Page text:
Author Topic: no king arthur italian flour or double zero flour  (Read 4092 times)

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Offline quilterpuddy

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no king arthur italian flour or double zero flour
« on: March 24, 2005, 09:11:11 PM »
hi,

I can not find King Arthur Italian flour or double zero flour locally, what can I use inplace of these? I have been using regular all purpose flour, but I want a better taste to my dough..any suggestions?

thanks


Online Pete-zza

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Re: no king arthur italian flour or double zero flour
« Reply #1 on: March 25, 2005, 10:21:48 AM »
There are some places that sell the Bel Aria 00 flour locally, but it will depend on where you live. The King Arthur 00 is not sold at the retail level. The Bel Aria 00 and King Arthur 00 flours are available via mail order, although I normally don't recommend the KA00 based on personal experience (it's a domestic clone of the imported variety). If you choose not to order those, you can try combining cake flour or white pastry flour (not whole grain pastry flour) with all-purpose flour. From my experience, a 3:1 ratio of all-purpose flour to cake flour, and a 2:1 ratio of all-purpose flour to pastry flour seems to work reasonably well, but you won't exactly replicate the 00 flour. But you should get a reasonable facsimile for your purposes. One combination that I like is a combination of bread flour and white pastry flour. The last time I used that combination was in the following recipe:

1/4 t. instant dry yeast (SAF Red brand)
1 1/4 c. lukewarm water (around 68-72 degrees F)
2 1/2 c. bread flour (King Arthur bread flour preferred)
1 1/4 c. white pastry flour (not whole grain pastry flour)
2 t. sea salt
Olive oil, for oiling the bowl

Mix the flours and the instant dry yeast in the bowl of a heavy-duty stand mixer fitted with a dough hook. Gradually add the water and mix the ingredients together until they come together in a rough dough mass. Knead the dough in the stand mixer until a dough ball forms around the dough hook. Add the sea salt and continue kneading until the dough is smooth, elastic and shiny, about 10-12 minutes at low speed. Put the dough ball into a very lightly oiled bowl, turn to coat, and refrigerate for several hours, and preferably for 24 hours. If the dough is to be refrigerated much longer than this time, then it may useful to add a small amount of a sweetener (such as sugar) to the original dough ingredients to continue to feed the yeast during the prolonged period of refrigeration. When ready to use the dough to make pizzas, remove the dough from the refrigerator and divide into 3 or more pieces (or fewer for larger pizzas). Gently shape the individual pieces into round dough balls, place them on a lightly oiled sheet, and cover loosely with plastic wrap. Let the dough balls rise until about doubled in bulk, about 1 to 2 hours. Finish by shaping the dough balls into pizza rounds, and add the selected toppings. Bake each of the pizzas in turn on a pizza stone that has been preheated for 1 hour at the highest oven temperature possible (usually 500-550 degrees F for a home oven).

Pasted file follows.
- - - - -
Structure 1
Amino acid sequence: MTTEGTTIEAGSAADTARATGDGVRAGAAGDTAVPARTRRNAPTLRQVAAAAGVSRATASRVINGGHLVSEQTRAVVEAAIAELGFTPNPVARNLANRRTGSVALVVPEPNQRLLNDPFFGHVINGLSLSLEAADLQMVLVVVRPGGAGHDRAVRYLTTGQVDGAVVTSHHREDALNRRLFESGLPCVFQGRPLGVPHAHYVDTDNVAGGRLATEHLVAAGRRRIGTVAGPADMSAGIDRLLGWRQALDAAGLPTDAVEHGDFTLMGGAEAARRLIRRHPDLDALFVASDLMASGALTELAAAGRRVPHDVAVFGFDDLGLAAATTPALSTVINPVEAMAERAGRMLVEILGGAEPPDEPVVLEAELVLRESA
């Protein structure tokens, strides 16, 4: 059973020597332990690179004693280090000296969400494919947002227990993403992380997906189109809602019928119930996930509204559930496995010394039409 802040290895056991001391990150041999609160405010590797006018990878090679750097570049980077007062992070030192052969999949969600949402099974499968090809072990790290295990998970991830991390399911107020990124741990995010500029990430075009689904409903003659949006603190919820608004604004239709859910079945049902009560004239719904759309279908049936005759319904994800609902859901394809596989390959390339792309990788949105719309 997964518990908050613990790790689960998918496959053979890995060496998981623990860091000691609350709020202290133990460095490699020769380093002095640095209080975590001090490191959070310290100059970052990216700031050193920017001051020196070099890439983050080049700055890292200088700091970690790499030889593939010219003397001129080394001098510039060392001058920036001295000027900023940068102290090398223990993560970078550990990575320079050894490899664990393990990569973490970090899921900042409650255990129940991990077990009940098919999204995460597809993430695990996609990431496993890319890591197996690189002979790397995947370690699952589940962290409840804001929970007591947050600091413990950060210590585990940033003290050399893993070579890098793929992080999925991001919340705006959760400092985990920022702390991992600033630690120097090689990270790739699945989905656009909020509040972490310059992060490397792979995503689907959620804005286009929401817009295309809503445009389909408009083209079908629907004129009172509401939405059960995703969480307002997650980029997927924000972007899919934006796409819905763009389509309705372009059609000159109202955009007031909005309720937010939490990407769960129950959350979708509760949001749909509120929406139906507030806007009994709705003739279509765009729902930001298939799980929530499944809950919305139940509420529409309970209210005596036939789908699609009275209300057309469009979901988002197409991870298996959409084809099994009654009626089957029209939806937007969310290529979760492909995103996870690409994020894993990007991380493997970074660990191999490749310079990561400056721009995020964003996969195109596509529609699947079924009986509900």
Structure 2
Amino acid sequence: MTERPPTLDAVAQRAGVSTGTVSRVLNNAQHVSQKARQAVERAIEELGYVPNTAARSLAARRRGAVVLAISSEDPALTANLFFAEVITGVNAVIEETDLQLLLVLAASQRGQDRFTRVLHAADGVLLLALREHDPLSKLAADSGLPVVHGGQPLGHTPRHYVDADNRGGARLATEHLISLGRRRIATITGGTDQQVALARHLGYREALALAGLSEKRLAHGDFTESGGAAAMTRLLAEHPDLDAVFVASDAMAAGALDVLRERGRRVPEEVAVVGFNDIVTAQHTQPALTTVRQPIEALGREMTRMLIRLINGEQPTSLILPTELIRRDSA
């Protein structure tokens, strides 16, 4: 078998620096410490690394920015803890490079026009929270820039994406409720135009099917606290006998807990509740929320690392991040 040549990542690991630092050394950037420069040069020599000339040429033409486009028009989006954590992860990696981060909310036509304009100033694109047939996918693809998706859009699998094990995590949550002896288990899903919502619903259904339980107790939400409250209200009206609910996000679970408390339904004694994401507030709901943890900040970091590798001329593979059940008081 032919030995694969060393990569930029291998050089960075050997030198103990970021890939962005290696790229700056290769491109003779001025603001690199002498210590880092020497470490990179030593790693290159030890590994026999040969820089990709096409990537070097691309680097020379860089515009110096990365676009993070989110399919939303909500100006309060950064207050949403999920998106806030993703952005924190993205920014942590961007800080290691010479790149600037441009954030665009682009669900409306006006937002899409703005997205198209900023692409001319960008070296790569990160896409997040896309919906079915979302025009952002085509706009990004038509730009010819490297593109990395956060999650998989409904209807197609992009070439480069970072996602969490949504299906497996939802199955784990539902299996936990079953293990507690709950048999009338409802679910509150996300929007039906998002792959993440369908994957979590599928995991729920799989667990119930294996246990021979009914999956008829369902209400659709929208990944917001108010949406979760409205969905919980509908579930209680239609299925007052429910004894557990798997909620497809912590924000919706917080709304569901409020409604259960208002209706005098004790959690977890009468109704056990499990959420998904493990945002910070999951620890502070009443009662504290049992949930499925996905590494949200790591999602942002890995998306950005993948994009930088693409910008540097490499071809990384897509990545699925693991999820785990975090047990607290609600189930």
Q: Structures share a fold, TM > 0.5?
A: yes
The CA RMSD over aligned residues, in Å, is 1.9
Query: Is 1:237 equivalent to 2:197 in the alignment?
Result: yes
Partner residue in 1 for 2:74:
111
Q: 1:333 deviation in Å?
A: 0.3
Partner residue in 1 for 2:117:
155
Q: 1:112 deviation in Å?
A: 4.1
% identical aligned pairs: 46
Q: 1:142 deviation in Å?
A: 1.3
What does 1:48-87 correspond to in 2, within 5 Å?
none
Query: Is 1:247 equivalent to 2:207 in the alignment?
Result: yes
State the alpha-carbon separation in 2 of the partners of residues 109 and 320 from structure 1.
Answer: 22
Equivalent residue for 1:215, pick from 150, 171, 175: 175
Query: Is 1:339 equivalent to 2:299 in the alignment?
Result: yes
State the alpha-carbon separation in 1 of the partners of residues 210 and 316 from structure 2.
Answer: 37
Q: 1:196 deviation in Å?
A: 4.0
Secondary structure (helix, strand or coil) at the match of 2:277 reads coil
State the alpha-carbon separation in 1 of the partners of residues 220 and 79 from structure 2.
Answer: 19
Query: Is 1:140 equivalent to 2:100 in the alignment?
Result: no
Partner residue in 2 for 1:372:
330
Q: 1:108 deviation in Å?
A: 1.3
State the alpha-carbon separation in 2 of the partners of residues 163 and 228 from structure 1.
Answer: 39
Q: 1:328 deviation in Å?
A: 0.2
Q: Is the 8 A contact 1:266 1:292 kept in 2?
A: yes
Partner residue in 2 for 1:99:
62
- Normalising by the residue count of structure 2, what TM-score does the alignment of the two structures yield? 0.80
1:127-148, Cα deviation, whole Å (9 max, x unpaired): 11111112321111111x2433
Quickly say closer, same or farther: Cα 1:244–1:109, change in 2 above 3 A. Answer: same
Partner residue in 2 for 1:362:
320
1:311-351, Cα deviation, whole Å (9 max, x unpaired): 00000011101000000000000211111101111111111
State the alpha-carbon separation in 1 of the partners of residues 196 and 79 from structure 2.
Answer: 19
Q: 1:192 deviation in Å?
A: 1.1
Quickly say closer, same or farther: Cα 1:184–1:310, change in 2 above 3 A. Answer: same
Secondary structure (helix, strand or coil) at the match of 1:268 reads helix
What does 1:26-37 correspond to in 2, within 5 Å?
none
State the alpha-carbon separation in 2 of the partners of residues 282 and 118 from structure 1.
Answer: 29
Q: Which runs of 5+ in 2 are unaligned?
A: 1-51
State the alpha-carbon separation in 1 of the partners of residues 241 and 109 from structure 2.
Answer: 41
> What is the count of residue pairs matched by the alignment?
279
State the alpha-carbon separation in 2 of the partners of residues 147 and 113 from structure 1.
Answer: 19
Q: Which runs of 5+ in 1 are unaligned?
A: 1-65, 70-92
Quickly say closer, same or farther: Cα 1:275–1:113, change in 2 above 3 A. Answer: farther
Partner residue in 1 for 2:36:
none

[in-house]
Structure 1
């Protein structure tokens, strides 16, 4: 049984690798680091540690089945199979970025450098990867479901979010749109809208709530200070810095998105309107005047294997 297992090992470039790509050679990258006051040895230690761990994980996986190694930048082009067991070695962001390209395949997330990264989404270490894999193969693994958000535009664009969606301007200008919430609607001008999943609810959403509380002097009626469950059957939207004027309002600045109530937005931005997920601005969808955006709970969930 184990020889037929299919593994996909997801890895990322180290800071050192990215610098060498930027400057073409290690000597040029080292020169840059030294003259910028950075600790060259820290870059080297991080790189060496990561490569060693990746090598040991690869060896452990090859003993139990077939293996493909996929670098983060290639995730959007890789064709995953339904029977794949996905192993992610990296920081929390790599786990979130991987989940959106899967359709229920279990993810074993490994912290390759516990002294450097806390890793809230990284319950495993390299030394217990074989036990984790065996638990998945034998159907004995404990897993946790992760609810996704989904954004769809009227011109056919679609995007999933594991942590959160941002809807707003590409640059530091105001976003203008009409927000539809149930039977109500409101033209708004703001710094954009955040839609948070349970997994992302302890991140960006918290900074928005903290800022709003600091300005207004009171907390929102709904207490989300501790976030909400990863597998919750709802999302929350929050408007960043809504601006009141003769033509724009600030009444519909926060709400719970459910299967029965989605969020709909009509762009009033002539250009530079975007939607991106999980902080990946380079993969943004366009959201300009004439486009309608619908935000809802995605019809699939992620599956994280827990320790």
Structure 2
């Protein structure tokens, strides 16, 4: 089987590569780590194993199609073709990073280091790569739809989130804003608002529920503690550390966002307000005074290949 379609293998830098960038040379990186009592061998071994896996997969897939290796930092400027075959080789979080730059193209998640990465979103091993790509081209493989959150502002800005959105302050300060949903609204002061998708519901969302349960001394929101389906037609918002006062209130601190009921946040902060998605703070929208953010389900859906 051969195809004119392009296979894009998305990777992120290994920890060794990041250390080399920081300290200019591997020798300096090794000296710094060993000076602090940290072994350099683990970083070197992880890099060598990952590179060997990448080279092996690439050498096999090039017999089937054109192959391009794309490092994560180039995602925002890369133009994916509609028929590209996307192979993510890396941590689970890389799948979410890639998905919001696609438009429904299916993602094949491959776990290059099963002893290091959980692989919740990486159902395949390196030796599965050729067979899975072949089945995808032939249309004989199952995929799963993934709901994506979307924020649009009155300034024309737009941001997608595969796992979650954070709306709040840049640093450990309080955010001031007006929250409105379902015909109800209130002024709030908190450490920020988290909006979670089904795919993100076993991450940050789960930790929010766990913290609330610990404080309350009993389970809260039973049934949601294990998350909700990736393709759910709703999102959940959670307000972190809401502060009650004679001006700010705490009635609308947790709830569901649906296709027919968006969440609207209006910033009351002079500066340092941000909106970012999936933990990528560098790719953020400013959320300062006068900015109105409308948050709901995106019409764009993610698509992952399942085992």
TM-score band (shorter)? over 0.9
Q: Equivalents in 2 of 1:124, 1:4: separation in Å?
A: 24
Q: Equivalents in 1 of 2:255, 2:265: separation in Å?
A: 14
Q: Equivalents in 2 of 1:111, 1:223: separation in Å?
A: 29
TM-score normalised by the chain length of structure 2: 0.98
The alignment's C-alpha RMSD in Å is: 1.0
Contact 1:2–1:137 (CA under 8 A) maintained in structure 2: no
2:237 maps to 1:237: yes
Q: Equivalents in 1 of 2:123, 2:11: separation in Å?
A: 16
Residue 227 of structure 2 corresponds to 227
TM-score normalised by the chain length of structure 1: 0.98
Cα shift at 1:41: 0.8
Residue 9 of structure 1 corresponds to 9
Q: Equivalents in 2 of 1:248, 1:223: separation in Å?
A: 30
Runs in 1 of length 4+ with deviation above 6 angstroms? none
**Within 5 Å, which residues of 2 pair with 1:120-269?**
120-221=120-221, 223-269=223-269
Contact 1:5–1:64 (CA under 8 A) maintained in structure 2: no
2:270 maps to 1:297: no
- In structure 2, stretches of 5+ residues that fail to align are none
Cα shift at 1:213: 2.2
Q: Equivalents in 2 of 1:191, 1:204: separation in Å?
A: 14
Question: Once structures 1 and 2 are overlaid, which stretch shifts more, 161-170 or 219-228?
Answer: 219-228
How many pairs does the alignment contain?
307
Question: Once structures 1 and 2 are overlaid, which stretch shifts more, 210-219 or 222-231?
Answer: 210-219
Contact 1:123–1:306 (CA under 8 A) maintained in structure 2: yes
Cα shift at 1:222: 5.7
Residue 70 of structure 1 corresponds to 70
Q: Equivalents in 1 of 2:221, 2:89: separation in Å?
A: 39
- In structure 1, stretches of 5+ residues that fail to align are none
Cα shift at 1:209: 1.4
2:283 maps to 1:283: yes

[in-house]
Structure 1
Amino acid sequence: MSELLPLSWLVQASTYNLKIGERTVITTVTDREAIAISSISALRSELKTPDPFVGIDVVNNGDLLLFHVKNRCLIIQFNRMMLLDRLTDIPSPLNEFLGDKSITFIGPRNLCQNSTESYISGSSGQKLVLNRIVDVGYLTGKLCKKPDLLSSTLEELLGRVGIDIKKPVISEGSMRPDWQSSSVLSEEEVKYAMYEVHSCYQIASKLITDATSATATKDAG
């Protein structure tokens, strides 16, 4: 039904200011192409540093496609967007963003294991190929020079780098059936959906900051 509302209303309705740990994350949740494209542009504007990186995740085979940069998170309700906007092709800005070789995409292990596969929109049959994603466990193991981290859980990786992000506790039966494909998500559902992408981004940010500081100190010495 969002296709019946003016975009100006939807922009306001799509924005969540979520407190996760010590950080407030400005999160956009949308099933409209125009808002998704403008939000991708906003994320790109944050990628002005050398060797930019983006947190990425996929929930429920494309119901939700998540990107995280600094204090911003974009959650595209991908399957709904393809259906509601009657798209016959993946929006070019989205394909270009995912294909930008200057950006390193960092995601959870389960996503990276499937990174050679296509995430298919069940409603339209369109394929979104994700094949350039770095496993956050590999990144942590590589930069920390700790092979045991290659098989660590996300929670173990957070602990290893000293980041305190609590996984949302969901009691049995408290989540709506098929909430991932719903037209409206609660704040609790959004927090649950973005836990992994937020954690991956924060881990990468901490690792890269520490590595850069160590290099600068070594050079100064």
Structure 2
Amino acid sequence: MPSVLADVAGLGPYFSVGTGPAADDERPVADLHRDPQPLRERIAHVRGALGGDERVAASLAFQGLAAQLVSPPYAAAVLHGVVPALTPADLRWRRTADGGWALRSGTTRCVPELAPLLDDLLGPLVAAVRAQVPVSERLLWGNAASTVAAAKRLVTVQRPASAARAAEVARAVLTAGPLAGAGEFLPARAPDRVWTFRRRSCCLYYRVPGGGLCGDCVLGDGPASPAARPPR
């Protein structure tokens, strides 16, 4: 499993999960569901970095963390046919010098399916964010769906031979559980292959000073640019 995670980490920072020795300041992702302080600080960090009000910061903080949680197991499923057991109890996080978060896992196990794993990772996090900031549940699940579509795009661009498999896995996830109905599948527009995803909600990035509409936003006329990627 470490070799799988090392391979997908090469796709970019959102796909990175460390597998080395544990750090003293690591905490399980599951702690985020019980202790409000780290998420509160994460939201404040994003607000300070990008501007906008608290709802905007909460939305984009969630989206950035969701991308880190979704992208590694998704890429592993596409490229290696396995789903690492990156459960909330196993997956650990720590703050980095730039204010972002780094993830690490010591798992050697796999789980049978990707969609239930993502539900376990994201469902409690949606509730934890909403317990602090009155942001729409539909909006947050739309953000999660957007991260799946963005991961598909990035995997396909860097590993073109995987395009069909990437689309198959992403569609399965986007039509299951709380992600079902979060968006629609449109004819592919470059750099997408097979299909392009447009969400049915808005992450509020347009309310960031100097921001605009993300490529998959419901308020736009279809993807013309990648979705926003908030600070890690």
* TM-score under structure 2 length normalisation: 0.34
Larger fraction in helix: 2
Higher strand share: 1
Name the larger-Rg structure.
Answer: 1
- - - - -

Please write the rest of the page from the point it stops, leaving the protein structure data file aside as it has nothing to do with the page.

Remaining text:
A recipe recommended by Pamela Shelton Johns, who wrote a book on Neapolitan style pizzas (Pizza Napoletana!), is this one:

1/2 cake compressed fresh yeast
2 c. warm water (80-90 degrees F)
1 c. pastry flour
1 1/2 T. sea salt
5 1/2 to 6 c. all-purpose flour

In the bowl of a stand mixer fitted with a dough hook, stir the yeast into the warm water until it dissolves. Add the 1 cup of pastry flour and the salt and mix well. Add the all-purpose flour one cup at a time, kneading until the dough is not sticky, about 10 minutes. Continue to knead for about 20 minutes longer, or until the dough is smooth and elastic.

For the first rising, shape the dough into a ball and leave it in the mixer or place it on a lightly floured work surface. Cover with a towel and let rise in a warm, draft-free place (75 degrees F) for 4 hours.

Punch the dough down and divide it into 6 pieces. Form each piece into a ball. Cover with a towel and let rise in a warm (75 degrees F) draft-free place for 2 to 4 hours, until doubled. Makes enough for six 10-inch pizzas.


Peter


Offline quilterpuddy

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Re: no king arthur italian flour or double zero flour
« Reply #2 on: March 25, 2005, 09:25:12 PM »
Pete,

thanks for the information and all the help, I will try this weekend, will keep you posted

lorraine


 

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